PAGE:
October 15th-21st is National Veterinary Technician Week. A veterinary technician, or vet tech, plays a vital role in a veterinary hospital.
The veterinary medicine field did not originally include trained veterinary technicians. The veterinarian would often employ the help of someone to assist with nursing duties, receptionist duties, and housekeeping. It wasn’t until the 1950’s when the first veterinary technician training program was developed for enlisted Air Force Members. In the 1960’s, an official program for civilians was established. In 1989, the AVMA (Animal Veterinary Medical Association) approved the term “veterinary technician” to replace “animal technician”. By the end of the 1990’s, the veterinary technician field had seen change and restructuring of training, licensing, and organizations due to the wider acceptance and need for trained and qualified veterinary technicians.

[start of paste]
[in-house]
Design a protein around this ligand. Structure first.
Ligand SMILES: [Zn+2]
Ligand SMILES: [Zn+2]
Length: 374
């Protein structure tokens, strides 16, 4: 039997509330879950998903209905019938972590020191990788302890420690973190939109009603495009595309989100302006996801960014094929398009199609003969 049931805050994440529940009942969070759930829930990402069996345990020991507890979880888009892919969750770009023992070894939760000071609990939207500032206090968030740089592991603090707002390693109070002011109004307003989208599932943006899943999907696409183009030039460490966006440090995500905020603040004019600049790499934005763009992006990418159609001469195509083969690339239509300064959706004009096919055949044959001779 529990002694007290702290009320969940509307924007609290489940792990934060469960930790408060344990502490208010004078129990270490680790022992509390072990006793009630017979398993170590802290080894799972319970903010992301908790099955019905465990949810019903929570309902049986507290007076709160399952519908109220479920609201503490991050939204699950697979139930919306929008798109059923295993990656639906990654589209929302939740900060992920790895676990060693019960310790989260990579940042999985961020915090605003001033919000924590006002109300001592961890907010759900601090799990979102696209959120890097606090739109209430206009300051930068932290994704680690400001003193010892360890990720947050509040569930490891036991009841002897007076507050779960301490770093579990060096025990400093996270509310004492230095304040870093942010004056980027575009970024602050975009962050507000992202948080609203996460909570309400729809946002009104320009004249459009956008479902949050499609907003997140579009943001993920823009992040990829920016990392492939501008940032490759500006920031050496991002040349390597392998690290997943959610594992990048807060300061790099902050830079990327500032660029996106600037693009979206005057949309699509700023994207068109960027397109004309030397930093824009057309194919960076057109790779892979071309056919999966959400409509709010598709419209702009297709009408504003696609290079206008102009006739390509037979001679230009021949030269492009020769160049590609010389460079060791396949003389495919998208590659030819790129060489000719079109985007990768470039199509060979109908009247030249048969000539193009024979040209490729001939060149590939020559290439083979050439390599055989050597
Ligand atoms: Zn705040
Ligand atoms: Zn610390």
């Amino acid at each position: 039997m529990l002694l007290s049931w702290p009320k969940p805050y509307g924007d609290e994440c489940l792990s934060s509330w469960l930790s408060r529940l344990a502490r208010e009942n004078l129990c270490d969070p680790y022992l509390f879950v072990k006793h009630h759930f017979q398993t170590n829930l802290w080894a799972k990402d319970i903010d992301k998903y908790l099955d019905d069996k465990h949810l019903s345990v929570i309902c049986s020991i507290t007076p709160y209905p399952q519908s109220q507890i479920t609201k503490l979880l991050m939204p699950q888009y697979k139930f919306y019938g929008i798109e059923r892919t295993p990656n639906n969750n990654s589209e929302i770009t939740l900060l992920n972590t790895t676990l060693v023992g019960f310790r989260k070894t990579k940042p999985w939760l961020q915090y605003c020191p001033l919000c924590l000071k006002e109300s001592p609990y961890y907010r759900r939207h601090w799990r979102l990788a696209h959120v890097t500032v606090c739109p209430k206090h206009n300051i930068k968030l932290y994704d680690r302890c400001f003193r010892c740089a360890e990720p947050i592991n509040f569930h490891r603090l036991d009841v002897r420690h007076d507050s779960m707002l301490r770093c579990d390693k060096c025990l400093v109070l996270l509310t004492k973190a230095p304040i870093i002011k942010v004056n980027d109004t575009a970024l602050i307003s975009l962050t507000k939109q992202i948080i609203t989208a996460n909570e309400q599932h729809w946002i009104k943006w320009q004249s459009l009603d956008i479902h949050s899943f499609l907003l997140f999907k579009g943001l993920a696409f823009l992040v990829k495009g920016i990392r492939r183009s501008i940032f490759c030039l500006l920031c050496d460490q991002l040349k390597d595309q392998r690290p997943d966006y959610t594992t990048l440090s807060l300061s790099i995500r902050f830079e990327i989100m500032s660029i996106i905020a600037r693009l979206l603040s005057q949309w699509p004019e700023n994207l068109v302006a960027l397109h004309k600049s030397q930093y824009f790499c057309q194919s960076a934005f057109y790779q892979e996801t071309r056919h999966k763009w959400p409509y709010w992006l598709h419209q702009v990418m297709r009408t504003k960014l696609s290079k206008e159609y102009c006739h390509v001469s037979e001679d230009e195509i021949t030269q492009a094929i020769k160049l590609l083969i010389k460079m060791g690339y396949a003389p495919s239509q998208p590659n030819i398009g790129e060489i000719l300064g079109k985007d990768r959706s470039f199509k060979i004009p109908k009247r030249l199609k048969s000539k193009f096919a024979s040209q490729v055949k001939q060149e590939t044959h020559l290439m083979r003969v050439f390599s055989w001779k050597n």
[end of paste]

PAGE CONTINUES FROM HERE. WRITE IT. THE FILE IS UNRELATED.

Most veterinary technicians will attend a 2-year program and graduate with an Associates in Science degree from an accredited veterinary technician program. After graduation, the veterinary technicians can take state and national board exams. Each state differs on requirements to become a registered veterinary technician. Once licensed, a veterinary technician will perform a variety of roles in the veterinary hospital.
These duties can include:
- Anesthesia monitoring
- Dental prophylaxis
- Preparing lab samples
- Nursing duties
With the growing need for quality veterinary care, veterinary technicians are a necessary part of a veterinary hospital. For many families, their pets are like family members. From the exam room to the surgery room, you can count on a veterinary technician to give your beloved furry friend lots love and care.